The JP95 John Petrucci Cry Baby® Wah provides unprecedented tonal tweakability. With its huge and expressive sound, this pedal is the culmination of legendary shredder John Petrucci’s years-long quest to hone and fine-tune his perfect wah sound. John sat down with us to talk about the tonechasing that led to the JP95’s creation as well as his introduction to the wah effect and how it fits into his songwriting process. Check it out.
How were you introduced to the wah, and who influenced your use of it?
John Petrucci: My introduction to the wah was gradual. I kept hearing it on all these songs, and I couldn’t help wanting to find out what it was when I was learning to play as a teenager. At that time, I was a big fan of Iron Maiden, and I’d listen to how Dave Murray used the wah.
But it was Joe Satriani’s Surfing with the Alien that really changed everything for me, though. The way that he uses it as an extension of the expression of his playing, and the way he shapes the notes to make them envelope or be more mellow or more open or sustain or get feedback—that’s probably the biggest influence on the way that I use the wah today.
How do you incorporate the wah into your own playing?
JP: Using the Cry Baby Wah is like bending, or sliding, or using vibrato on your guitar. It’s a way to add more expression and dynamics to what you’re playing. If you get the hang of it, you can really control where the note blossoms. Generally, I use that expressive character to shape my leads, but there are certain situation where it does become an integral component of the songwriting.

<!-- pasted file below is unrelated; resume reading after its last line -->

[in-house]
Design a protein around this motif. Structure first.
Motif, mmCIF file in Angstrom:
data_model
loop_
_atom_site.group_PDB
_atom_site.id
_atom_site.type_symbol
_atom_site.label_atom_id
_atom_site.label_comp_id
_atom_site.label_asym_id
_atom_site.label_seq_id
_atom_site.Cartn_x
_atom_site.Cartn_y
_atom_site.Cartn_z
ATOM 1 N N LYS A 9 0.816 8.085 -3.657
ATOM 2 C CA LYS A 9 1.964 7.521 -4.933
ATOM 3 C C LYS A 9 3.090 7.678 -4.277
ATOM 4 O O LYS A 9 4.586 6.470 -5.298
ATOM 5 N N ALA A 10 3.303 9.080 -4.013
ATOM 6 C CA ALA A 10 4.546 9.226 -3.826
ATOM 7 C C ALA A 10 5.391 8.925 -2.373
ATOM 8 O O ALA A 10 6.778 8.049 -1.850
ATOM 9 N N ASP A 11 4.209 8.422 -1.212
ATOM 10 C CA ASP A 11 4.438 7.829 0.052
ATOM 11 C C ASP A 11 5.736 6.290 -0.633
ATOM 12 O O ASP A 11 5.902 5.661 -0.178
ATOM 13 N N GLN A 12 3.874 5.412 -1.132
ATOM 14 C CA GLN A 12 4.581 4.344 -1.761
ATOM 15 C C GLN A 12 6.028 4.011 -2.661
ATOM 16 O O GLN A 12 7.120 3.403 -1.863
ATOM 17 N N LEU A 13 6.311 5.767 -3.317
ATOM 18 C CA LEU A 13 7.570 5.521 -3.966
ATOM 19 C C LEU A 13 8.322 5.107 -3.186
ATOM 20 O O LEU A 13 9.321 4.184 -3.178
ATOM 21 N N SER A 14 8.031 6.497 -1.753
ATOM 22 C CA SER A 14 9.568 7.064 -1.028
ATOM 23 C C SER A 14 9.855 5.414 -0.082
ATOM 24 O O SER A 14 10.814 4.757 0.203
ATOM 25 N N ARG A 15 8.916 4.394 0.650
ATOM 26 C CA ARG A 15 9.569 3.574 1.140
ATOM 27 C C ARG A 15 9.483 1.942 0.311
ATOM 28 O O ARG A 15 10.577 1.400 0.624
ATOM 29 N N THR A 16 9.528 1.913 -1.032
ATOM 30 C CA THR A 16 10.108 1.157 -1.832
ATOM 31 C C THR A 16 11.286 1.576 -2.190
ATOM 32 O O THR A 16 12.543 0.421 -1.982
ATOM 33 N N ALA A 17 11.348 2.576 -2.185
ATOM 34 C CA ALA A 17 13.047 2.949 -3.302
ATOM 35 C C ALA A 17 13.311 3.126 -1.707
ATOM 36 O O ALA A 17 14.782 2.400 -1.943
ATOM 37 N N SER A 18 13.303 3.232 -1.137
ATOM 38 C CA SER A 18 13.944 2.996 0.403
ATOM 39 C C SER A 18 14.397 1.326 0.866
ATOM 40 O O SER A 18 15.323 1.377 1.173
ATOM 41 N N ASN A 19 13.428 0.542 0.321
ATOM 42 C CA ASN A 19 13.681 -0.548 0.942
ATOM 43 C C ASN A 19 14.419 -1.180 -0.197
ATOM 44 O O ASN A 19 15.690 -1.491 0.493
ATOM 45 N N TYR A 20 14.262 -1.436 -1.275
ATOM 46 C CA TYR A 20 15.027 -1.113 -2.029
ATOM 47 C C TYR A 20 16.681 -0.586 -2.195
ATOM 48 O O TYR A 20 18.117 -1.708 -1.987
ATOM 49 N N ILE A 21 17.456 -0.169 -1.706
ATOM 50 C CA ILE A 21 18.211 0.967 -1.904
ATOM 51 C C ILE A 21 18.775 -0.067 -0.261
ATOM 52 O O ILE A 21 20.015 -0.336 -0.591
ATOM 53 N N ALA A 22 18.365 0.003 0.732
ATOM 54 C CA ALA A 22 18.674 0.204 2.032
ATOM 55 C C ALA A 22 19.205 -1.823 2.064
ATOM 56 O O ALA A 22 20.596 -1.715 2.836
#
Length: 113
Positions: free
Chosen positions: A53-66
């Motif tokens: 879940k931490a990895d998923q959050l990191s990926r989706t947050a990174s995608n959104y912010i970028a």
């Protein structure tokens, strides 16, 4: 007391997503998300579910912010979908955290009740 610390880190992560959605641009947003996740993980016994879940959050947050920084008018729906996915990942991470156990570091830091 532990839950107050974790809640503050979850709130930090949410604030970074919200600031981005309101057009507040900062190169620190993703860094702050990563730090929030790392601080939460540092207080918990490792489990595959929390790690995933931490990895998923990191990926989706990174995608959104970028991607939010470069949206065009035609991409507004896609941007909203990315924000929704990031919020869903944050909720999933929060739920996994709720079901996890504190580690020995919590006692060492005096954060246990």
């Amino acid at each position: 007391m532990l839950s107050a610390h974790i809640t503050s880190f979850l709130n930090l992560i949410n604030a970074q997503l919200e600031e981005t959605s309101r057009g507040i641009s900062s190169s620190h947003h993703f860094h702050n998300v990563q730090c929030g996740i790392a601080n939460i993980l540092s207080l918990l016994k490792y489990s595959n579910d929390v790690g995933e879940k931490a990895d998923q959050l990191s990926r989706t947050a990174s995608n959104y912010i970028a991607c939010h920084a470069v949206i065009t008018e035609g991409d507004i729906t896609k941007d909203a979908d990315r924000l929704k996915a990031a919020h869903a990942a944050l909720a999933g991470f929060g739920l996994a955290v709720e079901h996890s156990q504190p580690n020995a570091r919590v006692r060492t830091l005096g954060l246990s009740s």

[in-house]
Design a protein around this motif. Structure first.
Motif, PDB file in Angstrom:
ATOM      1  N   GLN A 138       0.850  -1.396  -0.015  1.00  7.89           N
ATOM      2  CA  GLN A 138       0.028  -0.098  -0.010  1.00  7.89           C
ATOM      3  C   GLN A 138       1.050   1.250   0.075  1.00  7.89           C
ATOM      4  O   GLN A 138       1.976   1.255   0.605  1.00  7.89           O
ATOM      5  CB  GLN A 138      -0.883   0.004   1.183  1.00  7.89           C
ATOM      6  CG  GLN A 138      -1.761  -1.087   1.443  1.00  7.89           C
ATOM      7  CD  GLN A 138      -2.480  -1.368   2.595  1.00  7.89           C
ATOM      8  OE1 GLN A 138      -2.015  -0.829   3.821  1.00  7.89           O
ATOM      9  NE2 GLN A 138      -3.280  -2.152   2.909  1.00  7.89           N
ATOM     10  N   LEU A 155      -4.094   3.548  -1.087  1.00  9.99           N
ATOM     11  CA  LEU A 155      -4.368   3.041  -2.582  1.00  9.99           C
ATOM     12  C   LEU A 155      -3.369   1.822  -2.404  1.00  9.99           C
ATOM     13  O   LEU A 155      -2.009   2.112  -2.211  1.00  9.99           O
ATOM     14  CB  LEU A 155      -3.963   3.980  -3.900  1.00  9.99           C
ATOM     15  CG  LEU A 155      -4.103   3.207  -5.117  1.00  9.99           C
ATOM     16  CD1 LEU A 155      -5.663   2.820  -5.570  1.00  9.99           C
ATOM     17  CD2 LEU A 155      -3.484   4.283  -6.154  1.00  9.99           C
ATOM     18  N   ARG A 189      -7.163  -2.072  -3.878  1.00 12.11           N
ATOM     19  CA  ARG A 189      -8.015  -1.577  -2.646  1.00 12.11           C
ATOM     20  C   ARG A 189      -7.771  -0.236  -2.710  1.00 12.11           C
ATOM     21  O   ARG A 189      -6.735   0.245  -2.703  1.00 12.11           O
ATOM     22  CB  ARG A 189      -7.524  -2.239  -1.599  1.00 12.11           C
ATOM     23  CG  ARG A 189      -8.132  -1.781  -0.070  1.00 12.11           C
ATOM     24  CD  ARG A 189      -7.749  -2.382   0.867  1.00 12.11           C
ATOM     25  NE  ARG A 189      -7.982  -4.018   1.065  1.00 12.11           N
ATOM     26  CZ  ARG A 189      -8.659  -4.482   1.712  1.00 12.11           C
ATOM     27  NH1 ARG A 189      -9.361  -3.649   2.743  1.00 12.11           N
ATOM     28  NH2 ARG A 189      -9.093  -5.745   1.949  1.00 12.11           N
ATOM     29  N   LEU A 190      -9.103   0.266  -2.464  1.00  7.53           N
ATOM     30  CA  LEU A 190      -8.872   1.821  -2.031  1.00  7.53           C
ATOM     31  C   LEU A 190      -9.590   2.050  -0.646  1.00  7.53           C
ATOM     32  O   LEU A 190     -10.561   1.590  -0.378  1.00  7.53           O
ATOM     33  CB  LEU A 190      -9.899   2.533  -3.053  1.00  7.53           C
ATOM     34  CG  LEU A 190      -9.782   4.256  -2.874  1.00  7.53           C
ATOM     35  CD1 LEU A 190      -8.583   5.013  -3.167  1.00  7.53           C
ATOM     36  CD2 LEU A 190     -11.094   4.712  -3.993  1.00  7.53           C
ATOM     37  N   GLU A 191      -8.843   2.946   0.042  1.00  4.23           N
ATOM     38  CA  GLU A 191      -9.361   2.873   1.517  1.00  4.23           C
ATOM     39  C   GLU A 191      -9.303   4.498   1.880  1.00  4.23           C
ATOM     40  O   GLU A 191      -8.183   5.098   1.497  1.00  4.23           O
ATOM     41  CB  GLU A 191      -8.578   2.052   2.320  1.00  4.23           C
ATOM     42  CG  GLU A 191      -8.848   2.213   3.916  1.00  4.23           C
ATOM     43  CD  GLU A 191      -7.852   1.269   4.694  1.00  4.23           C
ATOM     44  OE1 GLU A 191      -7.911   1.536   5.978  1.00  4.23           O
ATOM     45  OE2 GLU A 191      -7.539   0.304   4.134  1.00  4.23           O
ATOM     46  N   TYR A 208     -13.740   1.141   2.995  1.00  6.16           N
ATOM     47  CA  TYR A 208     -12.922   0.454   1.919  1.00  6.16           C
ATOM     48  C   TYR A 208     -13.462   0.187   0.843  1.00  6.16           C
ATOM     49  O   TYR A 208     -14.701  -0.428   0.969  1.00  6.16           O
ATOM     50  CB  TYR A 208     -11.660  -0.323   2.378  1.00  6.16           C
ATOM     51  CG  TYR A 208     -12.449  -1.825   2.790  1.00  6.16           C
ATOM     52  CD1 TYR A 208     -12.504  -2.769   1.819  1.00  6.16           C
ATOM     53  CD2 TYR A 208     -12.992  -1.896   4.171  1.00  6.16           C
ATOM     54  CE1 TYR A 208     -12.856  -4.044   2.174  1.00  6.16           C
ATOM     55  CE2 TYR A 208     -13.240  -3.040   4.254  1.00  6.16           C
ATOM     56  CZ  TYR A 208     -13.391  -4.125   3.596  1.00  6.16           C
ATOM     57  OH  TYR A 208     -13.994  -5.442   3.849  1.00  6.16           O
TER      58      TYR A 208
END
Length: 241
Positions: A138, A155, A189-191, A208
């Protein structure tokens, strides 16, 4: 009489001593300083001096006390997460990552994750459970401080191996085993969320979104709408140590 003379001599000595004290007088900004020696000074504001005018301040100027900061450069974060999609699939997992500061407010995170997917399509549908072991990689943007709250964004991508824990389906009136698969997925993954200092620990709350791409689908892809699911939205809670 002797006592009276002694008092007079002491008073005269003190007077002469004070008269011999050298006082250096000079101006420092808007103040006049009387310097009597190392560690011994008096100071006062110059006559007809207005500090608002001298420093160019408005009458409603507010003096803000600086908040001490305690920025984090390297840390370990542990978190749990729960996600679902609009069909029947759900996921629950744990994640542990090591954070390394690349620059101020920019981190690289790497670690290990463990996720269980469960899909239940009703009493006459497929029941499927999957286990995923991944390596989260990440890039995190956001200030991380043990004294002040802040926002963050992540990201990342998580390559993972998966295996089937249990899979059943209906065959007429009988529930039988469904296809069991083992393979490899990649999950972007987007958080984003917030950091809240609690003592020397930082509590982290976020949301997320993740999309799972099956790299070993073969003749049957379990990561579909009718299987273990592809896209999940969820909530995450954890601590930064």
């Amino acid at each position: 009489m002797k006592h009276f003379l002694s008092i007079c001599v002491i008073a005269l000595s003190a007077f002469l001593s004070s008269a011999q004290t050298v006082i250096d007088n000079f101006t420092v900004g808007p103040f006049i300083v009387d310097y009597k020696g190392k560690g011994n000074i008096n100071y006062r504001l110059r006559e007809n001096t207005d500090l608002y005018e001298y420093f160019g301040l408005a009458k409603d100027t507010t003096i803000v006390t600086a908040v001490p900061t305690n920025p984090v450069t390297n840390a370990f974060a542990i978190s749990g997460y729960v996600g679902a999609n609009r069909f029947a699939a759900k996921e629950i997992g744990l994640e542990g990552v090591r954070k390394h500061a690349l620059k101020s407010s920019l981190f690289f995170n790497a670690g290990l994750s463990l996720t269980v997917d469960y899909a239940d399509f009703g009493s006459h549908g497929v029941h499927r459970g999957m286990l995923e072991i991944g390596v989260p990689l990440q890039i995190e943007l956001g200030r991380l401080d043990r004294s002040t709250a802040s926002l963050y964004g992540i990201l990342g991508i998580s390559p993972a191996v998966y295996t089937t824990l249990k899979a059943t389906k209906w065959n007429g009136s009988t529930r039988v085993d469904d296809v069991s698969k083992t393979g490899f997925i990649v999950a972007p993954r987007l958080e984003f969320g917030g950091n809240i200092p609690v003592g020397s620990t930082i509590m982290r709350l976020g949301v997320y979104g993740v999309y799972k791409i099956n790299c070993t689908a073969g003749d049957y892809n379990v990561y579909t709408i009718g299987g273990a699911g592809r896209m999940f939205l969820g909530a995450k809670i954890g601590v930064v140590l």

The combination of playing hard, playing fast, and stepping on the wah really sets the whole thing on fire.
I remember when the 535Q first came out, with the adjustable Q and frequency range, when we were writing the Scenes from Memory album. I dialed in the perfect sound with that pedal, one I’d never really heard before. We wrote this song “Home,” which has this big wah riff to it. The wah simply accentuates the riff, but it created a unique sound that’s crucial to the impact of the song. If you play that riff without the wah, it just doesn’t sound the same.
Another way I like to use my Cry Baby Wah is to take an aggressive lick to the next level, opening up the notes and getting them to scream and feedback. The combination of playing hard, playing fast, and stepping on the wah really sets the whole thing on fire.